In Netflix’s The Midnight Sky, director George Clooney stars as a survivor of a catastrophic event that has annihilated the earth’s population. Holed up in an arctic research center with a young girl who was left behind during an evacuation, Clooney’s cancer-stricken scientist must take care of his young charge while also attempting to alert the crew of a space mission (played by Kyle Chandler, Felicity Jones, Damien Bechir, David Oyelowo and Tiffany Boone) before they return to their now-deadly home planet.
The dazzling sci-fi drama has earned an Academy Award nomination for best visual effects, but there was a surprising element of the film that was completely real: actress Felicity Jones’ pregnancy.
In the exclusive clip, Clooney reveals to Oscar-nominated Nomadland director Chloé Zhao that he was shooting his character’s half of the film in Iceland when he got the surprise call from Jones. “She says, ‘Well, I’m pregnant,” Clooney recalls. “I knew how to answer that, which is: ‘Congratulations!’ But if you saw my face, I’m like, ‘Oh, shit.'”
But rather than shoot around Jones’ pregnancy — or incorporating visual effects to make her pregnancy invisible — Clooney embraced it, bringing a new sense of reality to the space-set film. “You know, women every single day are pregnant, going to work and doing their job,” Clooney says, noting Nomadland star Frances McDormand’s Oscar-winning portrayal of a pregnant police officer in Fargo. “Why not in space?’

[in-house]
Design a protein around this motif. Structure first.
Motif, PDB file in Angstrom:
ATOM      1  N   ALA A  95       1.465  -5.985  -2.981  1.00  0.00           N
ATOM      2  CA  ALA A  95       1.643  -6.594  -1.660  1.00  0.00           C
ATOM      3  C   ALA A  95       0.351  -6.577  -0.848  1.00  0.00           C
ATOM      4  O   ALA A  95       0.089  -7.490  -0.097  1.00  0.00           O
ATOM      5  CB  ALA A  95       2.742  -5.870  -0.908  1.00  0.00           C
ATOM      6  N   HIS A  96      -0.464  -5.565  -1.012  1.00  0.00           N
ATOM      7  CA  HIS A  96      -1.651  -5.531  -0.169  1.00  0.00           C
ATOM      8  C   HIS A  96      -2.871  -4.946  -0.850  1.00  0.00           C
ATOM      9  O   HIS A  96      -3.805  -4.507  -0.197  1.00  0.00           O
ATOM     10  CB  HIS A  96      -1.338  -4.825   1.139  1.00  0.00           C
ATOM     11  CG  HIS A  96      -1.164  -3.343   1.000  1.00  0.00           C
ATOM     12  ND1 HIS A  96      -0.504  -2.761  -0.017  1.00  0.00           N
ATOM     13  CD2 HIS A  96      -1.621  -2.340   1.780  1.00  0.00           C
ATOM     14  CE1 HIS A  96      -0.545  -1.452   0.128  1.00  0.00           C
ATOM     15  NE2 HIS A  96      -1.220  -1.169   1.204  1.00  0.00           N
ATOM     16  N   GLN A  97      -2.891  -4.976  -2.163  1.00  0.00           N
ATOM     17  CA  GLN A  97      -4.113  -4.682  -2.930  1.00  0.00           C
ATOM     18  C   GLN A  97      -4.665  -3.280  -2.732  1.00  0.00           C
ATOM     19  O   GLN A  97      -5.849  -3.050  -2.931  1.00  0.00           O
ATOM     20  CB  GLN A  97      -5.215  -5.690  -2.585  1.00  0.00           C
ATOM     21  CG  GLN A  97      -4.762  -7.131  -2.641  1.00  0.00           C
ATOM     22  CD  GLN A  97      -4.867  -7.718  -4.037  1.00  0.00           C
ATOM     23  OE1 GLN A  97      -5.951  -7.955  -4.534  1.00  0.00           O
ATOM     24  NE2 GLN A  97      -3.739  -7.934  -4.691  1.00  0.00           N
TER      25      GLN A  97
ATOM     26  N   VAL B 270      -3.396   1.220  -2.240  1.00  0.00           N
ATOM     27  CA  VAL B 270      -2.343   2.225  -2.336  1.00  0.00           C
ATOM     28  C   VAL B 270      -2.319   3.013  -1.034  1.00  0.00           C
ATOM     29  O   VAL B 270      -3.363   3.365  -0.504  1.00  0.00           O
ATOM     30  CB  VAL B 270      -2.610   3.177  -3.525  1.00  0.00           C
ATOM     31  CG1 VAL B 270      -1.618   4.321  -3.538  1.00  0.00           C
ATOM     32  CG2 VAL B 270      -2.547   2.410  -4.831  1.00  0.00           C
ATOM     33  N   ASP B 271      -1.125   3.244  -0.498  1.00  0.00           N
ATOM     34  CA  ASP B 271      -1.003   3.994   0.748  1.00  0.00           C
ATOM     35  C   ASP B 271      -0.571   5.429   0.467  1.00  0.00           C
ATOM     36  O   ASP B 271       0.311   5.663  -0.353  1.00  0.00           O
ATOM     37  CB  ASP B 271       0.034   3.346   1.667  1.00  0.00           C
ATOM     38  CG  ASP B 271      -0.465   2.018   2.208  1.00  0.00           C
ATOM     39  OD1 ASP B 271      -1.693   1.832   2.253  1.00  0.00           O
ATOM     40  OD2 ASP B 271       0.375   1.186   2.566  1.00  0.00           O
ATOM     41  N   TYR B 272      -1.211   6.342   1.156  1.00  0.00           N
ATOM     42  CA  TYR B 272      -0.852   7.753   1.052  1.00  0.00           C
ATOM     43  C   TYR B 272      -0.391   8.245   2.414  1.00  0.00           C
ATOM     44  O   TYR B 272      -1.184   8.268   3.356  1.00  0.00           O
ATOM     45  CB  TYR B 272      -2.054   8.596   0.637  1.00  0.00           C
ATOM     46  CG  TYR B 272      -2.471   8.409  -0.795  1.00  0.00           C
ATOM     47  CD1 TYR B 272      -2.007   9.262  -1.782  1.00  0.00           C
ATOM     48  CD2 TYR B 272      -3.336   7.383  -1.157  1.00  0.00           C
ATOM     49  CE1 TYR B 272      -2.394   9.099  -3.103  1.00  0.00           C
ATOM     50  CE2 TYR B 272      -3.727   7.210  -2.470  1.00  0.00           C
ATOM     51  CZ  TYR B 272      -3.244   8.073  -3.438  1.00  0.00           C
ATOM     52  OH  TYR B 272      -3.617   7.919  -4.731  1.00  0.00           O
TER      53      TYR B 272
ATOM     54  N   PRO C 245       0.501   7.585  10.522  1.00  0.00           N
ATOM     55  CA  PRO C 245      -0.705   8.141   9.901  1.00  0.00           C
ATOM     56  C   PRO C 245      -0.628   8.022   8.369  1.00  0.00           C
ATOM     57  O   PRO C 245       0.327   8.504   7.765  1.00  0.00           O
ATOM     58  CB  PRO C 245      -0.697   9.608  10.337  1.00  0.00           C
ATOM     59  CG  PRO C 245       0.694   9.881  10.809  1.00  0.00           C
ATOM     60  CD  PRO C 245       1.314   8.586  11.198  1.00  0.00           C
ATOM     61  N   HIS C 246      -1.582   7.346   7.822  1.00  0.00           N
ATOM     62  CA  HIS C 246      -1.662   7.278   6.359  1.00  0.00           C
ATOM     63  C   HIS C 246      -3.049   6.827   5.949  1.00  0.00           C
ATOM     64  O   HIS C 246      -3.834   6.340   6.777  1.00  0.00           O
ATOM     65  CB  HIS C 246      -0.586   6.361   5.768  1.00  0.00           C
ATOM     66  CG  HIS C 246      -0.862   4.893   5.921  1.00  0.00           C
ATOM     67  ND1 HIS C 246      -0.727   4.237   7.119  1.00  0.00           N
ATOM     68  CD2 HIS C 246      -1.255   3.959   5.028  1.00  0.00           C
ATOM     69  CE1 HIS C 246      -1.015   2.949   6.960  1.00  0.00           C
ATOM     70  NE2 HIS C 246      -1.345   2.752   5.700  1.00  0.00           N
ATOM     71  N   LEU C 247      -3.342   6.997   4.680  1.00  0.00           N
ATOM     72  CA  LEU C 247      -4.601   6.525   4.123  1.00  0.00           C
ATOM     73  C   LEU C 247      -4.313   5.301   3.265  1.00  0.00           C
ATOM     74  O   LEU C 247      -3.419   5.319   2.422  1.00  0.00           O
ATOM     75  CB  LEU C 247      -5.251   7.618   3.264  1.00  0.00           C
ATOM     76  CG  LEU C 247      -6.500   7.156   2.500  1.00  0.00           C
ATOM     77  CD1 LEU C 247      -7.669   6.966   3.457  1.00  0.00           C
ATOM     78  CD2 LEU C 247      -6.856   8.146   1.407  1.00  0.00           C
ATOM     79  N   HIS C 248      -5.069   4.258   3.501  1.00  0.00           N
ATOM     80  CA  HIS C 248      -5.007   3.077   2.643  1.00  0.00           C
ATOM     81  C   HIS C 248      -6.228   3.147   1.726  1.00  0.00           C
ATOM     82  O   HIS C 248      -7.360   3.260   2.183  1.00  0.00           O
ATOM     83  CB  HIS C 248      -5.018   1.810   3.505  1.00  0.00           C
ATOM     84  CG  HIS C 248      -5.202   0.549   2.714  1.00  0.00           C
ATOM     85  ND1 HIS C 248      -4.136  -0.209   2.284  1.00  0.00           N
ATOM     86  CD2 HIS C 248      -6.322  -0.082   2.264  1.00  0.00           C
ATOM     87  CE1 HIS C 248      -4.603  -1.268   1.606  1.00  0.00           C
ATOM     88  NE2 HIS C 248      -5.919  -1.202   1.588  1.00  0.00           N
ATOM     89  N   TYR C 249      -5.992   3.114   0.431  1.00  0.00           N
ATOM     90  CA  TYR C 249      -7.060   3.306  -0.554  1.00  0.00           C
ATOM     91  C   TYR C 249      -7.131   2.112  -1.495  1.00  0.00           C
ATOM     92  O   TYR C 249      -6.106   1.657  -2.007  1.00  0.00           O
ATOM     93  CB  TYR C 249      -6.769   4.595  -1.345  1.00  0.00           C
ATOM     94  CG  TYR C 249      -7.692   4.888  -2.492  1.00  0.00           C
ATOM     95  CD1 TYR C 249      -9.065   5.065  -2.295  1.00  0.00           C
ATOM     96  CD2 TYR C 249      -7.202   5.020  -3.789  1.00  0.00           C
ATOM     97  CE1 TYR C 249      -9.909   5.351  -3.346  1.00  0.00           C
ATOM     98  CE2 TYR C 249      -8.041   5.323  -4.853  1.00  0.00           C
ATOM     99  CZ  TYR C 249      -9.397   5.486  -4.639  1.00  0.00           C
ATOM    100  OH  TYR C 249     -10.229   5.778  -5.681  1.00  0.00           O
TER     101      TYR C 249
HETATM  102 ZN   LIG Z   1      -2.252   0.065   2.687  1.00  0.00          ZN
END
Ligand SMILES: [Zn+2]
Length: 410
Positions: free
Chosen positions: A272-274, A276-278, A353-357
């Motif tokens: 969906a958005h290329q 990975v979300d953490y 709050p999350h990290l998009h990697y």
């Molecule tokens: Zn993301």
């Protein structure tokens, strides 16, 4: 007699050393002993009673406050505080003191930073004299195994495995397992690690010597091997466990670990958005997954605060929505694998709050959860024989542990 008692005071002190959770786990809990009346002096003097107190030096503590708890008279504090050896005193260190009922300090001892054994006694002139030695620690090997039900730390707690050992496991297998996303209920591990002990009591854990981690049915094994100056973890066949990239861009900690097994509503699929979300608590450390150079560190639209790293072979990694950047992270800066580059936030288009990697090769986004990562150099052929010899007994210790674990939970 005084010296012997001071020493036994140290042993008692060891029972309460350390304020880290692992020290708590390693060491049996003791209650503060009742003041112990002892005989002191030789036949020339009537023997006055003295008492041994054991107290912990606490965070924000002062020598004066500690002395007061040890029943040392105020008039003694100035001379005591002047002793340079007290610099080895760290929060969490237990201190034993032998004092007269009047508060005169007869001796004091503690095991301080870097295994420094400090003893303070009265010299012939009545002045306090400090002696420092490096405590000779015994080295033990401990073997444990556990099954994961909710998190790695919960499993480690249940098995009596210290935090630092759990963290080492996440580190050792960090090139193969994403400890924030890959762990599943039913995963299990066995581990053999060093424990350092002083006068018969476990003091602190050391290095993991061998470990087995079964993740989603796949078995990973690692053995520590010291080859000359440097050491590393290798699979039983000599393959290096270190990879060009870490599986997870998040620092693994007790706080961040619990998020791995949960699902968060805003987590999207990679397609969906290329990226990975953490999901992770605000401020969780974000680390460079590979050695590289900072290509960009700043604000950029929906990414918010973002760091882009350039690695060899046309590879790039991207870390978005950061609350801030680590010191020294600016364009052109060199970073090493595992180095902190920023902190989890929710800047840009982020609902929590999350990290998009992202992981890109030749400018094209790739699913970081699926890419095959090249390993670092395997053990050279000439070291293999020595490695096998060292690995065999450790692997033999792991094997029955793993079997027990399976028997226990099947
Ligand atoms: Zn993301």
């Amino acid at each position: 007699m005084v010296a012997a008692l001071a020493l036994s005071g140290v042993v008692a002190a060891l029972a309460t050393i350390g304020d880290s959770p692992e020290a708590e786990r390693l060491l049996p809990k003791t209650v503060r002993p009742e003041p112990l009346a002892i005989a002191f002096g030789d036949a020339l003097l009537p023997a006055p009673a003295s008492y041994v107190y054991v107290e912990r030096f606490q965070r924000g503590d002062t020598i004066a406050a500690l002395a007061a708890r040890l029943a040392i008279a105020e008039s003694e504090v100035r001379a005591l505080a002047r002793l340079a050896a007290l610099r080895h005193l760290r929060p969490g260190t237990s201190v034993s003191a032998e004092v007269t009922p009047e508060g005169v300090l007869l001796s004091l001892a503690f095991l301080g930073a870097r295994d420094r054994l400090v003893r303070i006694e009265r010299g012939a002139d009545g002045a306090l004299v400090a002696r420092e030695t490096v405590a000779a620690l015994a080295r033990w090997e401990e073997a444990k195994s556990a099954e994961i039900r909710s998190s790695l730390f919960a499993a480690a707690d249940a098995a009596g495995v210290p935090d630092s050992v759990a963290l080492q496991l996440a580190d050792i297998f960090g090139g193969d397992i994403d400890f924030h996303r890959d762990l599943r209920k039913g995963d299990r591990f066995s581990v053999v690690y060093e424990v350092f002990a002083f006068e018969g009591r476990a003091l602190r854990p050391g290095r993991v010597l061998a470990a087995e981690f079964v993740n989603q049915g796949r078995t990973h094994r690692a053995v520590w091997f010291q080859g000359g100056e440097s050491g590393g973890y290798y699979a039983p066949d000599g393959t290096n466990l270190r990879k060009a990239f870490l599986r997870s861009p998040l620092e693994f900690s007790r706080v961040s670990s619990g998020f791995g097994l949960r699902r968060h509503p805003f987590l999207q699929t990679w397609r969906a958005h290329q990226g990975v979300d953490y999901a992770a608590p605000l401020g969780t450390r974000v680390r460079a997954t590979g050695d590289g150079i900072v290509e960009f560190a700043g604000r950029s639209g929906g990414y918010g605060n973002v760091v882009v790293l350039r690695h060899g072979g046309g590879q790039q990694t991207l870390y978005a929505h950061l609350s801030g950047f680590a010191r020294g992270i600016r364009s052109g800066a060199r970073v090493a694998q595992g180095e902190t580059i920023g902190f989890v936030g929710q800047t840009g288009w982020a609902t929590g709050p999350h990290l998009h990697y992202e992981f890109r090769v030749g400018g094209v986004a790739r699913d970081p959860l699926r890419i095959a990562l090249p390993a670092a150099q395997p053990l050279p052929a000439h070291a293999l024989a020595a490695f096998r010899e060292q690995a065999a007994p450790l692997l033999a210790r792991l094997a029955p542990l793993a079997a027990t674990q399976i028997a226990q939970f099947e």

Searchlight’s Nomadland, set in the sprawling American west and following a community of modern-day nomads who live out of trailers and vans, is much closer to our own world than the far-reaches of space seen in The Midnight Sky. But that doesn’t mean director Zhao wasn’t prepared for surprises from her cast, which alongside McDormand and David Strathairn was made up of real-live nomads who were making their film (and acting) debuts.
“We didn’t get to meet the folks until a couple of days before shooting,” Zhao explains. Many of those new actors came with their own stories about their lives living on the road, and not all were so keen to capture details of their personal lives on screen. But as Zhao worked alongside these real-life nomads, a level of trust was established between director and cast — and they became more willing to reveal themselves in front of the camera.
Making space for those actors meant subtle changes to Nomadland’s script, depending on how comfortable the performers were with their personal lives. “You have to quickly adjust something for Fran to do, so that scene could be made into the film,” Zhao remembers. “A lot of times a very personal story [would come up at] the last minute, where they [decided] they wanted to share or not. Those were really the heart and soul of the film. I was very lucky to have them.”
Watch the Directors Roundtable in full below:
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